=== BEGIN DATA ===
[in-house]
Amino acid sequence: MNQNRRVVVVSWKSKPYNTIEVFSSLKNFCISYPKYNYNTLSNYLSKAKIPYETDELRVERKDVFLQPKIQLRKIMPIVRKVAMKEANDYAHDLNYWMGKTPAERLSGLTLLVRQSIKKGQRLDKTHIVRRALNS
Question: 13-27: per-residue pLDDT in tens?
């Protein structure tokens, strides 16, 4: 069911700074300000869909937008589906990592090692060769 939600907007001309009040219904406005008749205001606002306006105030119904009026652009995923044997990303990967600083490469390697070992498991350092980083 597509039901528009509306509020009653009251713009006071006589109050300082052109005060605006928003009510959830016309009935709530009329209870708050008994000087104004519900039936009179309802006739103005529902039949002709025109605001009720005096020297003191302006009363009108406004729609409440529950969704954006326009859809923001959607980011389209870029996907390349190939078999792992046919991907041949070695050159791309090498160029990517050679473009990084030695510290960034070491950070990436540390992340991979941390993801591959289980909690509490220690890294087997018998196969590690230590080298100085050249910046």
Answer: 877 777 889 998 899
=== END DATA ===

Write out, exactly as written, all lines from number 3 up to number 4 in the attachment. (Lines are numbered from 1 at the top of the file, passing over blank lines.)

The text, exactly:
Question: 13-27: per-residue pLDDT in tens?
């Protein structure tokens, strides 16, 4: 069911700074300000869909937008589906990592090692060769 939600907007001309009040219904406005008749205001606002306006105030119904009026652009995923044997990303990967600083490469390697070992498991350092980083 597509039901528009509306509020009653009251713009006071006589109050300082052109005060605006928003009510959830016309009935709530009329209870708050008994000087104004519900039936009179309802006739103005529902039949002709025109605001009720005096020297003191302006009363009108406004729609409440529950969704954006326009859809923001959607980011389209870029996907390349190939078999792992046919991907041949070695050159791309090498160029990517050679473009990084030695510290960034070491950070990436540390992340991979941390993801591959289980909690509490220690890294087997018998196969590690230590080298100085050249910046």